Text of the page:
Pumpkin pie slice on hite plate
Elise Bauer

Why Does My Pumpkin Pie Have a Soggy Crust?

Anyone who has seen The Great British Bakeoff knows to avoid a soggy, underbaked crust.

Why this happens: The pie was underbaked, or the oven temperature wasn’t high enough.

This is another problem that can occur when you haven’t baked a pumpkin pie long enough, or if the oven temperature wasn’t high enough. When pie dough is baked, the butter first melts and then steams, creating flaky layers in the crust. If the oven isn’t hot enough, the butter will melt and incorporate into the dough rather than steam. Without the steam, the crust won’t have a chance to get crisp and flaky.

How to prevent a soggy crust: Several techniques can be combined to prevent a soggy crust on your pumpkin pie.

  • Bake the pie in the lower third of the oven.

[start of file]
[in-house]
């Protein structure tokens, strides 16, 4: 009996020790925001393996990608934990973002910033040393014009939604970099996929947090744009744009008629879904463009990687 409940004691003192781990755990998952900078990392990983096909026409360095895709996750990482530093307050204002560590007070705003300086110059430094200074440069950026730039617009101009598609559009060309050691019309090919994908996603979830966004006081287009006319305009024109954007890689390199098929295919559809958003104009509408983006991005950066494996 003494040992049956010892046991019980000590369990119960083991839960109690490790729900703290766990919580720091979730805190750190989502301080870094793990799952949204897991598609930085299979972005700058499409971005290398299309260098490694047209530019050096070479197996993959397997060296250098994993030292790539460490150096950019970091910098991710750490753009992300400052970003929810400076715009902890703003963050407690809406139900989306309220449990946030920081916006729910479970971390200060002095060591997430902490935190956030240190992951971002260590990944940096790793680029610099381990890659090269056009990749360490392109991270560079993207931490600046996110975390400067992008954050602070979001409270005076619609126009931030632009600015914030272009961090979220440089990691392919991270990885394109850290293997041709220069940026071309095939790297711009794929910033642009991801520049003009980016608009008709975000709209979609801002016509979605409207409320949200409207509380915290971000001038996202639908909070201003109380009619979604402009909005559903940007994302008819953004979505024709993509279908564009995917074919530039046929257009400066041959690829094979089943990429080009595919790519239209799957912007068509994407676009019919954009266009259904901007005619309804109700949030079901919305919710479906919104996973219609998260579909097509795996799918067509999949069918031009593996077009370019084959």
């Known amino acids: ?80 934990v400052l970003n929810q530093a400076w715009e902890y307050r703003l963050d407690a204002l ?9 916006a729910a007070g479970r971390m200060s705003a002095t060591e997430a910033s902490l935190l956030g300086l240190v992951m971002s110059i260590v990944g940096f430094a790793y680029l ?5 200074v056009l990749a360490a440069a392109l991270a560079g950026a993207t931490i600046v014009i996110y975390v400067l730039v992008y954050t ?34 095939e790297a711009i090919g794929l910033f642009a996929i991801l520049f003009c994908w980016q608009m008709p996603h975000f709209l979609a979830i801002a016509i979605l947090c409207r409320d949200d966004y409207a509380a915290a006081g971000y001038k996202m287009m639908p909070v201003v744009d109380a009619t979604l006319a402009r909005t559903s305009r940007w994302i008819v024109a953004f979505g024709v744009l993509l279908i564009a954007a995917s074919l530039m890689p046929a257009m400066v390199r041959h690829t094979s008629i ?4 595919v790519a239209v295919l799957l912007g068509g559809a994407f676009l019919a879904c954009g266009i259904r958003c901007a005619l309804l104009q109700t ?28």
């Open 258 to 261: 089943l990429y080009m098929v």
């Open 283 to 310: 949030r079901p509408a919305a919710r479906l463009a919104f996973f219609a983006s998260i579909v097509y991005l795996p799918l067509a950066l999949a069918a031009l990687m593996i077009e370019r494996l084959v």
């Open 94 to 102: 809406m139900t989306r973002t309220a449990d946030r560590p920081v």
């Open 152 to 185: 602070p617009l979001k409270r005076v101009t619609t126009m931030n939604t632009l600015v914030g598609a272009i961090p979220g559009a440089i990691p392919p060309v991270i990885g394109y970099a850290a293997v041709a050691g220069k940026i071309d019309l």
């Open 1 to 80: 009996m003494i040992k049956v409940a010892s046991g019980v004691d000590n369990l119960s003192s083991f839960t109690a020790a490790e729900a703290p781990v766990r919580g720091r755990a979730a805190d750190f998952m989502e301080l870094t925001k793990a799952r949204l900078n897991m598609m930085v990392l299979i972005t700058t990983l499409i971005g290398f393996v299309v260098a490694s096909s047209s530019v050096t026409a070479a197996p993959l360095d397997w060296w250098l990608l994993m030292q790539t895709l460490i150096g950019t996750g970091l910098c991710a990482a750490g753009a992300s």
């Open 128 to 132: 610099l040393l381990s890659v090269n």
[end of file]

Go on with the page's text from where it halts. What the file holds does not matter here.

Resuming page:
• Use a glass pie plate so you can easily see if the crust has baked properly.
  • Just like this Old-Fashioned Pumpkin Pie recipe, start by baking the pie at a high temperature, then lower the temperature to finish baking. This ensures the butter in the crust gets hot enough to create steam and form layers.
  • You could also try partially blind baking the crust before baking the filling.

Solution if it’s too late: You can try returning the pie to the oven. Cover the pie with foil and bake it at 425°F on the lowest rack, checking after 15 minutes.

Why Didn’t My Pumpkin Pie Set?

You're ready to serve your homemade pumpkin pie, but when you try to cut it, it's too runny to get any clean slices.

Why this happens: The pie was underbaked, or the oven temperature wasn’t high enough.

Taking the pie out of the oven prematurely is a very easy mistake to make. Even before the pie is ready, the crust might darken and the edges of the filling will puff up. But the center may not have reached the temperature it needs to fully set.

Another reason could be that the pie hasn’t quite cooled enough before slicing. Pumpkin pie needs lots of time to cool and set before you can slice it.